PJM Ramps Up Preparations as COVID-19 Hotspots Emerge in Its Footprint

PJM Interconnection, the nation’s largest regional transmission organization (RTO), is intensifying its response to the COVID-19 pandemic, preparing campuses for worker sequestration and closely coordinating with generators and transmission owners across its system as they grapple with workforce and supply impacts.

Although most of PJM’s employees—with the exception of system operators and other essential personnel—are working from home and will continue to do so until May 4, the grid operator said in an April 6 update it is equipping its campuses for sequestration if needed and readying logistics as they pertain to extended stay. It is also readying its control room simulator to serve as a third control room if needed, determining what would be the best use of that facility.

PJM said that the pandemic has not yet had a “major impact” on generator maintenance. However, some generators have reported contractor crew shortages due to travel restrictions, and parts shortages owing to COVID-19 supply chain issues. Several generators have also deferred or reduced the scope of longer, planned outages, and/or shifted work to shorter periods during off-peak hours.

Transmission owners, meanwhile, have not reported significant impacts to maintenance schedules, but the entity is urging transmission owners to inform PJM as soon as possible if COVID-19–related delays will require advanced rescheduling of affected outages. 

Like other major RTOs/ISOs, PJM has also reported a drop in power demand—of between 5% and 7% lower than historical trends—but the entity is still exploring how much of that decline can be attributed to the COVID-19 fallout. It noted: “PJM expects that to increase and continues to analyze numbers to isolate weather impact [versus] COVID-19 impact on load,” it said.

Five-year historical load comparison at PJM in March 2020. Courtesy: PJM Interconnection

Figures PJM posted on April 6 using artificial intelligence (AI) to compare actual load for the month of March with a temperature-based neural network load forecast model (run after-the-fact with actual temperatures) suggest only a slight difference, likely owing to the reduction of commercial load and an uptick in residential load. The month of March in the region’s 13-state footprint was characterized by mild weather—and was up to 50% warmer than usual, it noted.

According to Johns Hopkins, which is compiling a data set of publicly reported cases, more than 400,000 COVID-19 cases have been confirmed in the U.S., a figure experts suggest may be understated owing to a dearth of testing access. Most are in the state of New York, which, as of April 8 (at 2:13 p.m. EDT), had confirmed 140,386 cases. But hotspots are also emerging in other states within PJM’s footprint—specifically (in order of confirmed cases) in New Jersey (44,416); Michigan (18,970); Pennsylvania (14,956);  Illinois (13,553); Indiana (5,510); Ohio (4,782); Maryland (4,371); Tennessee (4,139); North Carolina (3,347); Virginia (3,335); the District of Columbia (1,211); Kentucky (1,149); and West Virginia (412).

Nonprofit civic initiative USAFacts is aggregating confirmed COVID-19 case data from the Centers for Disease Control and Prevention (CDC), state- and local-level public health agencies. As of April 9, 2 a.m. EST, 428,111 cases had been confirmed in the U.S. Visit USAFacts for updated datasets and interactive graphics. Sources: USAFacts/Creative Commons/POWER magazine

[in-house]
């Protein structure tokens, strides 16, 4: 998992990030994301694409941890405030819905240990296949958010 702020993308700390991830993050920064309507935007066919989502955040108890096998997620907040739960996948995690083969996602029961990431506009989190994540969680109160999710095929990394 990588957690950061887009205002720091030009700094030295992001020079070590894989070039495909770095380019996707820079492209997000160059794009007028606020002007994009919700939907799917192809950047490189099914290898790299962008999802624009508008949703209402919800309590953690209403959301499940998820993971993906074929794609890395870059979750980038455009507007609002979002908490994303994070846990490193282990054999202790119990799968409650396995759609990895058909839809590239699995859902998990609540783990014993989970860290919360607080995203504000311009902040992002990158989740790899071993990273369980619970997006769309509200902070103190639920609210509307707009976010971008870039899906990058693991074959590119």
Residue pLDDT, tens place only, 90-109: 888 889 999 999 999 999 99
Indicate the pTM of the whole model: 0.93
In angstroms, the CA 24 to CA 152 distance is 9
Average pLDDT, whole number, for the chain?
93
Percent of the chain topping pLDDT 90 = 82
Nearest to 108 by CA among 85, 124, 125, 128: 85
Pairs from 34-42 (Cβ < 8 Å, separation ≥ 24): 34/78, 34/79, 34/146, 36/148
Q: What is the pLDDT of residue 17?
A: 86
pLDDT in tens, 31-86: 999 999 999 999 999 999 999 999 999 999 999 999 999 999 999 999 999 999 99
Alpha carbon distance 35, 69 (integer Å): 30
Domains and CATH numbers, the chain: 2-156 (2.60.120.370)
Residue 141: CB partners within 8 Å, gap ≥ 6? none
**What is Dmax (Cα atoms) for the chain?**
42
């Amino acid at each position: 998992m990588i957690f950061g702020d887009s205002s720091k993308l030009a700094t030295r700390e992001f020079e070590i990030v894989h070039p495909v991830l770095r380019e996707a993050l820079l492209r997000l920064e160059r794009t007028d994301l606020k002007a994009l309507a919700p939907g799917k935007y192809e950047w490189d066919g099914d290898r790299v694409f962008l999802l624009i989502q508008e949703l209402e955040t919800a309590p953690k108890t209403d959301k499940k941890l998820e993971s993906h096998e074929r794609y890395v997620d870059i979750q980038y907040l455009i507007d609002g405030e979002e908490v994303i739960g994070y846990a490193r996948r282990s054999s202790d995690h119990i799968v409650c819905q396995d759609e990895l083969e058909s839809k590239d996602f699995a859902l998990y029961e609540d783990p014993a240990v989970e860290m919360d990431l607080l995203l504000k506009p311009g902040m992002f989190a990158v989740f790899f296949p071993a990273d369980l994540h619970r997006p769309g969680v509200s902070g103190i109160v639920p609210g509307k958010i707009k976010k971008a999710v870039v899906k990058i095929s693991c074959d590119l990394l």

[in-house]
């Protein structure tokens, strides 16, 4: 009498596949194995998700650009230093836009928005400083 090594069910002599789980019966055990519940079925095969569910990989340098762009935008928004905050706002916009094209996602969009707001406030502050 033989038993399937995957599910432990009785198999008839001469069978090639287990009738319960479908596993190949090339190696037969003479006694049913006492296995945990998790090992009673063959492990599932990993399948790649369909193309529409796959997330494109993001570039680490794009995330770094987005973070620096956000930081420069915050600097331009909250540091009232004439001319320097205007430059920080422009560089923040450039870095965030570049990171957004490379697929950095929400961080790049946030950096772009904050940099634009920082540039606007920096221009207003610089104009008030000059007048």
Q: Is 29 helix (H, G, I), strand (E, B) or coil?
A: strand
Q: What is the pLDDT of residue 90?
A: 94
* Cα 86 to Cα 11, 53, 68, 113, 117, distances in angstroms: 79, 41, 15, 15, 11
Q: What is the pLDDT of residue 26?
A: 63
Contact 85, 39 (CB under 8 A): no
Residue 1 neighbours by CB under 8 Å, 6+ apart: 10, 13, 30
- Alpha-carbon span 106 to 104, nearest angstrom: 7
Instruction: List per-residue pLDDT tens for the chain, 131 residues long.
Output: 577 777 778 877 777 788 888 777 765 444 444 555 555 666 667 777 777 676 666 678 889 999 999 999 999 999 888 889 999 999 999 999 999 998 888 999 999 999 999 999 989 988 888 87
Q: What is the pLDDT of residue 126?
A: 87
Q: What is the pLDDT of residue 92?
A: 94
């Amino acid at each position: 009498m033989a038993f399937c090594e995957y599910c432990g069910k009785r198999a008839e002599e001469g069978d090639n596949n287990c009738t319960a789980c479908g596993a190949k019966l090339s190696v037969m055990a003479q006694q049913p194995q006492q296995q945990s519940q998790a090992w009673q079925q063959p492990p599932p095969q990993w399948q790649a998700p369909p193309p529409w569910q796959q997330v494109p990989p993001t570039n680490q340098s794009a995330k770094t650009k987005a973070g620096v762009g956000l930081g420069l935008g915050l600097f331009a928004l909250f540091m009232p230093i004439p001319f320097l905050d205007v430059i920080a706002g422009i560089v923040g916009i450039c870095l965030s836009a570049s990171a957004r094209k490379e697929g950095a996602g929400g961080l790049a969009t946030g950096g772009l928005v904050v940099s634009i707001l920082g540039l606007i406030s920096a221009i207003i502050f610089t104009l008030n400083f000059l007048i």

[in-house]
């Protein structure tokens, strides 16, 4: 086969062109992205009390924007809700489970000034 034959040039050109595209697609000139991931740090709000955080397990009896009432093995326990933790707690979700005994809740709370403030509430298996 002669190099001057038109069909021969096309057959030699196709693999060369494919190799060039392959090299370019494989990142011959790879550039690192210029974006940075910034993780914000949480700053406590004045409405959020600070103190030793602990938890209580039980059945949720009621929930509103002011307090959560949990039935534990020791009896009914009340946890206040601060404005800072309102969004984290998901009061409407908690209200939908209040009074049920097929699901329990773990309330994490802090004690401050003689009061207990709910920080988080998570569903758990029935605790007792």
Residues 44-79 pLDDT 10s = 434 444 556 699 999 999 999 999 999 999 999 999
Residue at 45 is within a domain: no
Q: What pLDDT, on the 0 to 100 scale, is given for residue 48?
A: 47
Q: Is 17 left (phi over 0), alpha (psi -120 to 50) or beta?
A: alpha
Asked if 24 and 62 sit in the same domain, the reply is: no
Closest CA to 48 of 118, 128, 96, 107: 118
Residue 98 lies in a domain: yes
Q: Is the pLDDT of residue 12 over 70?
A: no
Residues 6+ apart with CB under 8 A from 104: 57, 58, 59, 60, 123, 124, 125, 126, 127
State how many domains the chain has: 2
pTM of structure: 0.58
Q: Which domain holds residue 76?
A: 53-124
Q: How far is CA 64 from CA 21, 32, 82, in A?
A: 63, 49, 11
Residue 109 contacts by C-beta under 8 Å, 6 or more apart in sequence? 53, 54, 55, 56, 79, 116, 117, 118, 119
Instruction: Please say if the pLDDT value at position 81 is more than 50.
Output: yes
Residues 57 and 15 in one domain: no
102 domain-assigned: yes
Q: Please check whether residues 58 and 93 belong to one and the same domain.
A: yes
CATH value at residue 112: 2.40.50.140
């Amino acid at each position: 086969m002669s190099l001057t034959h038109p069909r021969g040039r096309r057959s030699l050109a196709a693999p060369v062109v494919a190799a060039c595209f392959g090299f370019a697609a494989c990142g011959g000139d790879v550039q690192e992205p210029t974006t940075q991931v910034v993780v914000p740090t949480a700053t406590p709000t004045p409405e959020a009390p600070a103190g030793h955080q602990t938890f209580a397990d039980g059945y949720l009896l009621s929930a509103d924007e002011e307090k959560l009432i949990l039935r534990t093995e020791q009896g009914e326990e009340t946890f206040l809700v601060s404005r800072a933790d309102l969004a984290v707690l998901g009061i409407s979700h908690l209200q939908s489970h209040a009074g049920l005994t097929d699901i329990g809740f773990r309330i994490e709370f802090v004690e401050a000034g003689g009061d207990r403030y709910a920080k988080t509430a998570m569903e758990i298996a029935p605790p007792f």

PJM is now working to develop longer-term forecast impacts (for the period ranging from 2021 to 2035), which will consider three economic forecasts based on three scenarios: pandemic; severe pandemic; and critical pandemic. “The scenarios differ by number of infections, mortality rates, hospitalization rates, duration of infection increases, etc,” said Tom Falin and Chris Pilong, members of PJM’s Markets & Reliability Committee, on March 26.

As POWER reported on April 7, the Energy Information Administration (EIA) noted in its latest Short-Term Energy Outlook it expects significant impacts to U.S. electricity consumption. The EIA lowered its estimates for power generation by 3% through the rest of this year, noting the COVID-19 pandemic “has caused significant changes in energy fuel supply and demand patterns,” resulting in a crash in crude oil prices, and “similar uncertainties persist across EIA’s outlook for other energy sources, including natural gas and electricity.”

The grid operator that is perhaps seeing the biggest impact from the pandemic is the New York Independent System Operator (NYISO). On April 6, NYISO observed that its load curves are being reshaped. “By the middle of March, energy use on the grid had declined by roughly 2 to 3%, with daily peak energy use (the highest amount of energy used at any point during the day) about 2% below peak for this time of year. During the week that ended March 27, we saw energy use decline even further, with a total reduction of 4 to 5%,” it said.

The reductions in energy use during the morning ramping period are more pronounced in New York City and on Long Island, it noted. “Demand reductions of nearly 11% have been observed in those areas of the state during the morning ramping period. NYC load is also diminished throughout the day, primarily due to a reduction in commercial energy usage.”

NYISO noted the departure from historical behavioral patterns caused by New York’s stringent response to COVID-19, including lockdowns, is “historically unprecedented.” The grid entity also said it is now working to further refine forecasts “based on the societal changes” it is seeing. “These forecasts will help our grid operators prepare for these evolving load profiles.”

Sonal Patel is a POWER senior associate editor (@sonalcpatel, @POWERmagazine).


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